Eleven-year-old Kaden has managed to stay under the radar for most of his life. With the exception of Kubla, a pet crow, Kaden doesn't have any friends his own age and he's okay with that. After all, friends can ask inconvenient questions. Questions like Why do you live with your grandmother and where is your father? Questions Kaden doesn't want to answer. Apart from school and a few trips to town, Kaden and Gram keep to themselves, living a simple life at their cabins outside the small community of Promise. But now Kaden's life is getting a lot more complicated. He's starting middle school, which brings its own set of problems for a boy who doesn't fit in. And then he learns that his father, a man he has never known, is getting out of prison and moving to Promise. After years of being the outsider at school, Kaden is given a chance to come out of his shell when Yo-Yo, a new boy, moves to the area and offers friendship. But can Kaden trust him? Will Yo-Yo be a real friend after he learns about Kaden's father? The true meaning of friendship, love, responsibility, and loyalty is explored in this novel for middle-grade readers.
Holly's family lives a simple life in northern Michigan, enjoying the bounty of the earth and very much in step with the rhythm of the changing seasons. But times are hard and a cold winter is coming. Without a warm coat, Holly might not be able to start school. Readers will delight in Mama's solution to Holly's predicament.
Originally published over twenty years ago, and out of print since 1998, Sleeping Bear Press is proud to bring this beloved Christmas tale to a whole new audience. Moving and nostalgic, and brought to life by glowing watercolor paintings, it reveals the joy of a very special present and the love that a father and daughter share.
Written by the son of a career officer, this book explores the branches of the Armed Services and speaks from the heart about the honor, privileges and sacrifices of military families everywhere. Children will discover why drill sergeants have to be so tough, what it means to be patriotic and why we need Special Forces such as the Navy SEALS, the Green Berets and the Army Rangers. H is for Honor also explains why the annual Army/Navy football game is more than just a game, how much letters from home mean to soldiers, how often military families have to move and what life on base is like. With an underlying message of courage and commitment that every child can relate to, the book will be especially meaningful to those whose parents, siblings or other relatives serve in the Armed Forces.
The love between a mother and her child is precious and everlasting. No two relationships are the same, yet there are shared experiences and memories to which every mother can relate. From the warm embrace of a hug to the soft whispers of encouragement, some of the many ways a mother expresses her love can be found in M is for Mom: A Child's Alphabet. A is for the Arms that hug and hold me tight. While in those arms I see your face and know I'm in my favorite place. Tender, evocative artwork provides an unforgettable backdrop as mother and child embrace, learn, and love...from A to Z.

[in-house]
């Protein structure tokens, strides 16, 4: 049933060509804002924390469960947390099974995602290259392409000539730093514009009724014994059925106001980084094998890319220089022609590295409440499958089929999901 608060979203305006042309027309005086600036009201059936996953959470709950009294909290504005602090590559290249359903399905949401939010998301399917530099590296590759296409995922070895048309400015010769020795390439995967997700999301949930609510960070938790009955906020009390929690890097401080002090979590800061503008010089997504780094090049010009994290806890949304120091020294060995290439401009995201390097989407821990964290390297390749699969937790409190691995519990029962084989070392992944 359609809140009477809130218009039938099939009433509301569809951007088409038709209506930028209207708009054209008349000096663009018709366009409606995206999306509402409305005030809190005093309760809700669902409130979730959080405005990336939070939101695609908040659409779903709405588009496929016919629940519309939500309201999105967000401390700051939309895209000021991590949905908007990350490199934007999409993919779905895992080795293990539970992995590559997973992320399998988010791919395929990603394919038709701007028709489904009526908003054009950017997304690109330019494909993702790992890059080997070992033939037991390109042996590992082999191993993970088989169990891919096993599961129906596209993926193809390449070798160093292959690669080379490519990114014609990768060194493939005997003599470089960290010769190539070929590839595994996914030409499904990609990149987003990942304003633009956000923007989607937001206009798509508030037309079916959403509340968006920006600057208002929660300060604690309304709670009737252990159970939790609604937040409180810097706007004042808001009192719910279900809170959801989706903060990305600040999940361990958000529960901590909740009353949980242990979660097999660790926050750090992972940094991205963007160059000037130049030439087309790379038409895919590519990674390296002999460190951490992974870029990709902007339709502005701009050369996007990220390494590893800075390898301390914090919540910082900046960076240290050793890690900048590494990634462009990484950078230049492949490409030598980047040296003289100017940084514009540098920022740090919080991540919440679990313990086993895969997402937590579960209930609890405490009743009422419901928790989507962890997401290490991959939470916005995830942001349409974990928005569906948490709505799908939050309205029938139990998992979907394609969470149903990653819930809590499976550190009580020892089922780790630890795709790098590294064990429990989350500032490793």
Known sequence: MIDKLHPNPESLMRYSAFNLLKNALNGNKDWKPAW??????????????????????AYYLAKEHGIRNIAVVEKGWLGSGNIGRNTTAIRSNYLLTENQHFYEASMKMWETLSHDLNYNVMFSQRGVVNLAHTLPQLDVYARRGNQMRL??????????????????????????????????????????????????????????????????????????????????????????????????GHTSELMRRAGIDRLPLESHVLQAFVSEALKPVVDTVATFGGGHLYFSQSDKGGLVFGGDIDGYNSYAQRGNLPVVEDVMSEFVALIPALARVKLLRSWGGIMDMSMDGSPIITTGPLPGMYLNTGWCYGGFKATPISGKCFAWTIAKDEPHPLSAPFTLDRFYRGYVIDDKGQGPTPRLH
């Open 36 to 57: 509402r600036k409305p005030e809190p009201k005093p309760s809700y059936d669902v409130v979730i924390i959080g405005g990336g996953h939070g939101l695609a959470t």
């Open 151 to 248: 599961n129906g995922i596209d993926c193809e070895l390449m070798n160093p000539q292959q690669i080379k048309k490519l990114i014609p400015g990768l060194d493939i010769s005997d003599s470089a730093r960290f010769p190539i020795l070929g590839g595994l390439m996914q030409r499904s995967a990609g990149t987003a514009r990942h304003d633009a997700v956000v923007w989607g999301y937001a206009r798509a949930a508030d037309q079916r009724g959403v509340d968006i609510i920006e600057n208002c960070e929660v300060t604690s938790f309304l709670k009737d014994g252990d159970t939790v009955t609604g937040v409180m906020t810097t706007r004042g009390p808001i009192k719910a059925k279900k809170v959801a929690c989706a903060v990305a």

We've all wished for Someday to get here, and now it is. Follow the tale of the young beaver, Max, and his quest to spend quality time with his parents and family. The tale for the ages and ageless will bring a happy tear of joy and love and a smile to the face of every child who undoubtedly heard the answer "Someday" after having asked "When?" An inspiring read for all of us, Someday finds Max looking for "Someday" on his calendar and realizing if it did exist, it would surely be the busiest day of the week
The White Table is set in many mess halls as a symbol for and remembrance to service members fallen, missing, or held captive in the line of duty. Solitary and solemn, it is the table where no one will ever sit. As a special gift to her Uncle John, Katie and her sisters are asked to help set the white table for dinner. As their mother explains the significance of each item placed on the table Katie comes to understand and appreciate the depth of sacrifice that her uncle, and each member of the Armed Forces and their families, may be called to give. It was just a little white table... but it felt as big as America when we helped Mama put each item on it and she told us why it was so important. "We use a Small Table, girls," she explained first, "to show one soldier's lonely battle against many. We cover it with a White Cloth to honor a soldier's pure heart when he answers his country's call to duty." "We place a Lemon Slice and Grains of Salt on a plate to show a captive soldier's bitter fate and the tears of families waiting for loved ones to return," she continued."We push an Empty Chair to the table for the missing soldiers who are not here..."
During World War II thousands of American servicemen were stationed overseas in various countries. It is in England that American GI Jack Ricker meets and marries an English widow with a nine-year-old son, Thomas. Thomas likes his new stepfather and he's hopeful about their future. But now with the war over, Jack is back in America. Thomas and his mother make plans to leave England and join him. Thomas is apprehensive about moving. He won't know anyone, apart from Jack. In America, they play baseball and not cricket. Will he fit in? Thomas and his mother find themselves on a trans-Atlantic voyage on the Queen Mary, sailing to America and a new life. They're not alone; hundreds of other "Brides and Babies" are on board, making the same trip with the same dreams. When Thomas helps another passenger handle feelings of homesickness, he realizes he is prepared to start his new American life.
It's 1863 and 10-year-old Emmy Blue Hatchett has been told by her father that soon their family will leave their farm, family, and friends in Illinois, and travel west to a new home in Colorado. It's difficult leaving family and friends behind. They might not see one another ever again. When Emmy's grandmother comes to say goodbye, she gives Emmy a special gift to keep her occupied on the trip. The journey by wagon train is long and full of hardships. But the Hatchetts persevere and reach their destination in Colorado, ready to start their new life.